The Rise Of AI Code Autocompletion Engines - GitHub Copilot, Tabnine, And Kite
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The Rise Of AI Code Autocompletion Engines - GitHub Copilot, Tabnine, And Kite

03.04.2021 Update: We updated the article to give more information on Kite's situation. We also included the information about wider availability of GitHub Copilot.

AI autocomplete engines are not a novelty by any means. Their purpose was and still is simple - to make programming simpler, and less reliant on our human memory - which is much more error-prone than computer memory. 

A lot of people get the purpose of AI autocomplete engines wrong. It is not the replacement of a human programmer, but rather augmenting their capabilities, and making the code better. The ones who fear that code autocomplete engines will replace professional software developers, we have rather good news for you - chances are they won’t, though it could be close. If you are not convinced, these engines work the same way as looking up documentation and/or real-life examples. The only difference is it happens automatically vs having to open a new browser tab.

Now that you know they are here to help you, then what are the options that you have? Mainly, there are three.

GitHub Copilot

GitHub Copilot, the newest option on the list, also seems to generate the most emotions. It is the effect of collaboration between Microsoft and OpenAI, and is based on a natural language processing model called “Codex”. The neural engine had been trained on publicly available GitHub repositories before the release (and most likely still doing so as we speak), processing countless projects and files to offer the best possible autocompletion options possible. The proposed options indeed are quite promising.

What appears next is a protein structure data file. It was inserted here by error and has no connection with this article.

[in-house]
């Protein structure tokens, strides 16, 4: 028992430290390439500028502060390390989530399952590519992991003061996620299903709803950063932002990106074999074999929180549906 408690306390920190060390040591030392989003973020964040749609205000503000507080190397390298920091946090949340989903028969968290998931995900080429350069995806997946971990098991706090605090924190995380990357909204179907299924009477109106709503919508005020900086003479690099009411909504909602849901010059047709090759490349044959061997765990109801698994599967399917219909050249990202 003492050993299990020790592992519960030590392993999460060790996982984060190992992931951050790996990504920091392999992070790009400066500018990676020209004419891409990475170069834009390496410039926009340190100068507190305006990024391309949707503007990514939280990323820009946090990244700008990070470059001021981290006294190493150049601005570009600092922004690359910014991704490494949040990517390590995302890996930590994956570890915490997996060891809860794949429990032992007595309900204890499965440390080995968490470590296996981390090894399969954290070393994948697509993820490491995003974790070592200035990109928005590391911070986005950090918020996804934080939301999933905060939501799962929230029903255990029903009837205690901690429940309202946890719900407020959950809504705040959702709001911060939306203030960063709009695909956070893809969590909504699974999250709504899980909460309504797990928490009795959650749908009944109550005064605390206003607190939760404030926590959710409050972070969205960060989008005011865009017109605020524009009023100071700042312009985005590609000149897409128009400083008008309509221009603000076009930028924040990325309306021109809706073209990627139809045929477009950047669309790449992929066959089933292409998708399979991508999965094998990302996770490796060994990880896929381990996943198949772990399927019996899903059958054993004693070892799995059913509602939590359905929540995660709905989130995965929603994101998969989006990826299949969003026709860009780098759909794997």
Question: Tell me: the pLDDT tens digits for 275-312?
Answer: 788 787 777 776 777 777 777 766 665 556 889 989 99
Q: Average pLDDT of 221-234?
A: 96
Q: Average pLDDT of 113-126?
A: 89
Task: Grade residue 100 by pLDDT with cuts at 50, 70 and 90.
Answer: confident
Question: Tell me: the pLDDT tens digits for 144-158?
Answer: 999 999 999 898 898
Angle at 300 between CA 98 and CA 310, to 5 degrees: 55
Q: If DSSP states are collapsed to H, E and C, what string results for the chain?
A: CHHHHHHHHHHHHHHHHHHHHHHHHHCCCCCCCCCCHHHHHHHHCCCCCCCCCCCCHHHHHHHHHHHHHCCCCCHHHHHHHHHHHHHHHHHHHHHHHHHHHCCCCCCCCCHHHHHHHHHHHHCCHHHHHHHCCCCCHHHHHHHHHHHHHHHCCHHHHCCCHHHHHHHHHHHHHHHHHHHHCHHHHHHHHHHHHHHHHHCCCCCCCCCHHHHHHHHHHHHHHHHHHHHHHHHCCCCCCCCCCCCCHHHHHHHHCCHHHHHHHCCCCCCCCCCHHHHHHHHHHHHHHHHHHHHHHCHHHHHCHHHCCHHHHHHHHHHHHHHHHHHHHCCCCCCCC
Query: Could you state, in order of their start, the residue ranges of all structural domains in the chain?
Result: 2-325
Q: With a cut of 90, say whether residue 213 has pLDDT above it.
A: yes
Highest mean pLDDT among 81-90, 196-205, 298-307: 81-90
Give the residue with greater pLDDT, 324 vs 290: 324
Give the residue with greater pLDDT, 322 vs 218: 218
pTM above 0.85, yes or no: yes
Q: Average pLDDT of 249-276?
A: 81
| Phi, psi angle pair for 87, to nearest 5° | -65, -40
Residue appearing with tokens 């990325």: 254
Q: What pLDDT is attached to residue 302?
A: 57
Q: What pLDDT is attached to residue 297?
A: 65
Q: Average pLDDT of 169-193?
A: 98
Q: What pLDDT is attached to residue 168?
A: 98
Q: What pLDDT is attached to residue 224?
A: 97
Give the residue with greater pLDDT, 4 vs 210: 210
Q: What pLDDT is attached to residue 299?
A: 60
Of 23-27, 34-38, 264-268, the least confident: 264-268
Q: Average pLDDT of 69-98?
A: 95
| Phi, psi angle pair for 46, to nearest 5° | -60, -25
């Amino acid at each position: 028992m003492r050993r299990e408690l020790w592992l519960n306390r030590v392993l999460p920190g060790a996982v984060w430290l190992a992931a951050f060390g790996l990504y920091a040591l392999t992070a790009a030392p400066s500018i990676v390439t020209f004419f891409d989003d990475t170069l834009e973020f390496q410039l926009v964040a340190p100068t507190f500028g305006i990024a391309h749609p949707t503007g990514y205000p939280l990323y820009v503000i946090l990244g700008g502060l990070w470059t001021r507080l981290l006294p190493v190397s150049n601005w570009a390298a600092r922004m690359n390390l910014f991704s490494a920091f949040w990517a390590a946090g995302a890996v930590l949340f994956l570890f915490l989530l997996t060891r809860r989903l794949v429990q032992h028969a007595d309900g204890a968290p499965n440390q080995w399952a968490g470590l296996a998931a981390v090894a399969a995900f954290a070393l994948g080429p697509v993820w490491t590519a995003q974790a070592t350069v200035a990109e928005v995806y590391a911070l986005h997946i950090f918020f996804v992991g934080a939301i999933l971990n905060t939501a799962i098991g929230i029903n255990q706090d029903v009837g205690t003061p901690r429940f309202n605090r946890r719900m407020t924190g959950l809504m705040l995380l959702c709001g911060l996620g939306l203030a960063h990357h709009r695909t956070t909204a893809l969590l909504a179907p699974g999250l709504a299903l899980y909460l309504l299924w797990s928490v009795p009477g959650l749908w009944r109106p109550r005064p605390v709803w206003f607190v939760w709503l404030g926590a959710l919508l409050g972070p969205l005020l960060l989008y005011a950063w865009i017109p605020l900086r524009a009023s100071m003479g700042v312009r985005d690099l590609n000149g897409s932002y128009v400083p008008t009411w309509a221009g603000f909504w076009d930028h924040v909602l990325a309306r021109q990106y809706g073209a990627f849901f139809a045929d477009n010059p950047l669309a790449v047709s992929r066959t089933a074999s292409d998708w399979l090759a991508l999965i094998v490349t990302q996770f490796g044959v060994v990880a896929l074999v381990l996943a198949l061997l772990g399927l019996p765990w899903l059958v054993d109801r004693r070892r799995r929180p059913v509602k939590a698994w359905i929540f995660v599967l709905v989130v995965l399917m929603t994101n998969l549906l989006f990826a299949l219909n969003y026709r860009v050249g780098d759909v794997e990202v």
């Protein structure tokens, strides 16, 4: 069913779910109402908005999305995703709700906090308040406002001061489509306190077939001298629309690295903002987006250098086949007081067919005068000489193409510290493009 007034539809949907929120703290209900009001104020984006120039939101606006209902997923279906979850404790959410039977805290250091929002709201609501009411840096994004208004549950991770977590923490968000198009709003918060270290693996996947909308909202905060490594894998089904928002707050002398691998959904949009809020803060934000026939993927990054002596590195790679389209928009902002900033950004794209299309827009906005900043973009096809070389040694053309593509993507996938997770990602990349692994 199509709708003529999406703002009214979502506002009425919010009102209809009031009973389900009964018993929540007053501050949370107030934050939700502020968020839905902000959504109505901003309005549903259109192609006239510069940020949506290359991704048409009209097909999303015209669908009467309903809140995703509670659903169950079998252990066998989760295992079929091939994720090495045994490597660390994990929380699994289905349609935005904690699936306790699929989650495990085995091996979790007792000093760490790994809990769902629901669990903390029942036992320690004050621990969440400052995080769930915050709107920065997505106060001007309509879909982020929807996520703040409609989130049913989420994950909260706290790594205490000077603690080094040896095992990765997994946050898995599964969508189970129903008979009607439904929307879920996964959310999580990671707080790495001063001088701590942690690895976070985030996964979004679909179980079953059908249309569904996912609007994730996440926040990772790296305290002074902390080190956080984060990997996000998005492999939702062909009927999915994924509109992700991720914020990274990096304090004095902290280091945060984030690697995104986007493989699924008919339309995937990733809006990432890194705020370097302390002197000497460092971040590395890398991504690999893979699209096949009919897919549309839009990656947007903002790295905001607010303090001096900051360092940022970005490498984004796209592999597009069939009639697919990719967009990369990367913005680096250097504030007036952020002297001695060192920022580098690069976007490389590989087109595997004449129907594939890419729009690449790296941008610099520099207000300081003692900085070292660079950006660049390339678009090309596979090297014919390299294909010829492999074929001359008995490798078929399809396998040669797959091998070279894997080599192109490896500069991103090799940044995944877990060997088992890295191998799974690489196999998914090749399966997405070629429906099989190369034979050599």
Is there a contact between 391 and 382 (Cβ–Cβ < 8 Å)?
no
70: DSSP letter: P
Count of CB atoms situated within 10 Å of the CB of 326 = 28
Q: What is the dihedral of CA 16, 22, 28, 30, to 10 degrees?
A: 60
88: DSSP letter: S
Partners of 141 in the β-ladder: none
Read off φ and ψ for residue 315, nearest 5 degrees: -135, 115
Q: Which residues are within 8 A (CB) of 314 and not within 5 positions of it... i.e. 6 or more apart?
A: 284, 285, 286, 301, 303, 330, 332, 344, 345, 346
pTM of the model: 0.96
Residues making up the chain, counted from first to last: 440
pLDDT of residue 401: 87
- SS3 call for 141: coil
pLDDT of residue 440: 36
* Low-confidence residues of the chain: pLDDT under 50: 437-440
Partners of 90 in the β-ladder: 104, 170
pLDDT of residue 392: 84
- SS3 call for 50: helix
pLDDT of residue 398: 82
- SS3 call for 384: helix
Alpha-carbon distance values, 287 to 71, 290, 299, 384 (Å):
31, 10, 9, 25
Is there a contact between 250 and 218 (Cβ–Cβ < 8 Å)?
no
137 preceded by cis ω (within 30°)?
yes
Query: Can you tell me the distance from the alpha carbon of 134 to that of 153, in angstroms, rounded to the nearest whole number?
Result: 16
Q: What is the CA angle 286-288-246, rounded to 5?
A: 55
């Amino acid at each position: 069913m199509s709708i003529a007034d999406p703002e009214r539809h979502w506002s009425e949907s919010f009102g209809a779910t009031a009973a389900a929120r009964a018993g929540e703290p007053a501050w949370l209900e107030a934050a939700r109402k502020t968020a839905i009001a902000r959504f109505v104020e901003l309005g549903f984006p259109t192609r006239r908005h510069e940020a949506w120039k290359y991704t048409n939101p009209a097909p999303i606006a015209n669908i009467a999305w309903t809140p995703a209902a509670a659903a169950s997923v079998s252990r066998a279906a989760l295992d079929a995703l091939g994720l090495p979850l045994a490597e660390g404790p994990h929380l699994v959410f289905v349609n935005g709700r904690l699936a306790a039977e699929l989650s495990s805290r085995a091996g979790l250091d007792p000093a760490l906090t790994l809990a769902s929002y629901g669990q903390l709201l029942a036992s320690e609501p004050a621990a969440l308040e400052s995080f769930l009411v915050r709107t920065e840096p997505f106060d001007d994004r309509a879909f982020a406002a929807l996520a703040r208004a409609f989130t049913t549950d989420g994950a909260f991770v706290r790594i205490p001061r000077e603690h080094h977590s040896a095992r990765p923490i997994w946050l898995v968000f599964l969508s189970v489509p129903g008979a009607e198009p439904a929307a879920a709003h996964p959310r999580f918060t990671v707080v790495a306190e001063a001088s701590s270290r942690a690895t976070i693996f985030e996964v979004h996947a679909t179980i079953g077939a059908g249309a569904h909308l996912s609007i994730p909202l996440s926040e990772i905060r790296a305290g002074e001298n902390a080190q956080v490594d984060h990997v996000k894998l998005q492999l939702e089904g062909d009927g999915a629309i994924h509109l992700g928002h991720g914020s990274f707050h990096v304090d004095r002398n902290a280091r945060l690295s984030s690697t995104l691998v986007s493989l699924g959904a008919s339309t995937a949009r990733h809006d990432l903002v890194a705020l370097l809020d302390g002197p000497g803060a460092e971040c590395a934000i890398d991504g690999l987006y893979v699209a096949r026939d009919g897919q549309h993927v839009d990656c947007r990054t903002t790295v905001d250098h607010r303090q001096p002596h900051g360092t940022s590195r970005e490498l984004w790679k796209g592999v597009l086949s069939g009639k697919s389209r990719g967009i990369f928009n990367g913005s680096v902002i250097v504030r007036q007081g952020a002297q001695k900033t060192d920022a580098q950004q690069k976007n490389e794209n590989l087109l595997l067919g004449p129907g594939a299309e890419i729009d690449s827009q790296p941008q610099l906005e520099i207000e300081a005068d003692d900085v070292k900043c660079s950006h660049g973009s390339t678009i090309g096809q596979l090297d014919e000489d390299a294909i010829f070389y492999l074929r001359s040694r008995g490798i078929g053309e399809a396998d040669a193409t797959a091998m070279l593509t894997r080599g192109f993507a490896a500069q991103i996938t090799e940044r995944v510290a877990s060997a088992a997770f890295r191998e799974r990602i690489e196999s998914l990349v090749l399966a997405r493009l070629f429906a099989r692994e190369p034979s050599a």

Here is a little demo of what it can do

Few months gone by, and we know now, that the AI autocompletion engine from GitHub does have some problems with outputting GPL-licensed code from time to time. By definition, GNU Public License does not allow the reused code to be a part of a commercialized/closed-source project.

Copilot's Supported Languages

“[A] broad set of frameworks and languages.” It is specified, however, that during the technical preview it works best with JavaScript, TypeScript, Python, Ruby, and Go.

Copilot's Supported Editors 

Even though, it used to be available in Visual Studio Code only, it now works in the Intellij-based family of IDEs by Jetbrains, and Microsoft's Visual Studio 2022.

GitHub Installation Guide

  • Register for a technical preview at https://github.com/features/copilot/signup
  • Once you get approved, it’s time to install the extension for your VS Code. Look up “github.copilot” in the Extensions view


  • Install the extension


  • Click “Sign in to GitHub” in the popup on the bottom right
  • You’re ready to go!


Tabnine (Formerly Codota)

Tabnine, initially a creation of a college student, turned into quite a popular product. The paid and free options were both available from the start, with all features unlocked when you worked on a project using Rust. As the author stated, it’s “in acknowledgment of the fact that TabNine could not exist without the Rust ecosystem.”